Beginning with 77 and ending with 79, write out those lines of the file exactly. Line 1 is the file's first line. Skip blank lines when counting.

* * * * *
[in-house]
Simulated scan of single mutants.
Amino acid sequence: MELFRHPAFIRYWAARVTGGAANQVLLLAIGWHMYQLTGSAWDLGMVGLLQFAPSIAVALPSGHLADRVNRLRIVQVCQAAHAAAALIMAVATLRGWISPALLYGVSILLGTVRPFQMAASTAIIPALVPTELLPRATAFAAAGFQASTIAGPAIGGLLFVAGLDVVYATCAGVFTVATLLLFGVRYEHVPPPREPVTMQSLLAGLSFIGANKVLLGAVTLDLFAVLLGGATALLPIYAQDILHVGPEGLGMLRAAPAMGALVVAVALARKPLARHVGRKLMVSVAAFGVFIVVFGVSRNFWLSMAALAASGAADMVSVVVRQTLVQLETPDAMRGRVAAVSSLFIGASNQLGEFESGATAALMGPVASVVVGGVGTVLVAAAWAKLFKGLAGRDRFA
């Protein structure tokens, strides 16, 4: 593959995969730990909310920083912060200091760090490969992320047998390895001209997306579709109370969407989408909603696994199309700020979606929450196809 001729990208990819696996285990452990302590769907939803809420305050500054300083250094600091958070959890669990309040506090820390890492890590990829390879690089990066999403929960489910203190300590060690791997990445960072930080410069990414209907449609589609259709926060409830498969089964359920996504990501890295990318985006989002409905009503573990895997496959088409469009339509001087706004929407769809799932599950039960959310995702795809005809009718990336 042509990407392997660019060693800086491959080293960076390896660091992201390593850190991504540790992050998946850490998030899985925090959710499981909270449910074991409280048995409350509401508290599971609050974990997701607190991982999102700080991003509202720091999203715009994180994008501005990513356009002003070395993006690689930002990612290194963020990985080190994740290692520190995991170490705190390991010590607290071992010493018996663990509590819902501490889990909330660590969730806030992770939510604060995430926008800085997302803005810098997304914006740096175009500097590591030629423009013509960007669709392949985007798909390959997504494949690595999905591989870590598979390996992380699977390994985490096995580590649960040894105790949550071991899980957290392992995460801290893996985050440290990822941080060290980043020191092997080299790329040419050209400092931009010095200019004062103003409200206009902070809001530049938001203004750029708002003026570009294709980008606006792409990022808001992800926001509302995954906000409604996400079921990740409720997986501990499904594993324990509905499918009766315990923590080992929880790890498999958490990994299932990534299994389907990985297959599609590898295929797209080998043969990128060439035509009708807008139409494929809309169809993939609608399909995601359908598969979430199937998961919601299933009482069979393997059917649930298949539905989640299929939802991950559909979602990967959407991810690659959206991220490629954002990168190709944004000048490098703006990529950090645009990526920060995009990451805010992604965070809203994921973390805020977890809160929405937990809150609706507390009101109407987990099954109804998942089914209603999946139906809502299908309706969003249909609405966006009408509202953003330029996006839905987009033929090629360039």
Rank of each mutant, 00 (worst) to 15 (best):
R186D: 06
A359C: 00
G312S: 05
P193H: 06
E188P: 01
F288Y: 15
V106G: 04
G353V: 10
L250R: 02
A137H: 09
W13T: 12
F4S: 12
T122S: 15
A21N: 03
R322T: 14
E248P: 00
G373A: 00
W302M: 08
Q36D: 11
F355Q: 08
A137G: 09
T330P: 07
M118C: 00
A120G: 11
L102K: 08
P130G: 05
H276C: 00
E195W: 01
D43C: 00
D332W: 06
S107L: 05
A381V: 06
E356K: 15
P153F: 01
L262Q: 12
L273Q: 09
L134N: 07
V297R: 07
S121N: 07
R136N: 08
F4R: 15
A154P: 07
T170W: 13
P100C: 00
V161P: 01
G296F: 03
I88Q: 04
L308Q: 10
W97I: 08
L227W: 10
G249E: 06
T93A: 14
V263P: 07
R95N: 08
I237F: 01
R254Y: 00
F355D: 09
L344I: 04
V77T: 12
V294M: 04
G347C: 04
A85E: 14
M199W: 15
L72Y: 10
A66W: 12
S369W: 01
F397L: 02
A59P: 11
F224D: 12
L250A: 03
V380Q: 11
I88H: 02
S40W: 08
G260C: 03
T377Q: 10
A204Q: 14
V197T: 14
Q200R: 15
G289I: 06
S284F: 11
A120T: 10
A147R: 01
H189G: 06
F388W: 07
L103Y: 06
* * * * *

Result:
I88H: 02
S40W: 08
G260C: 03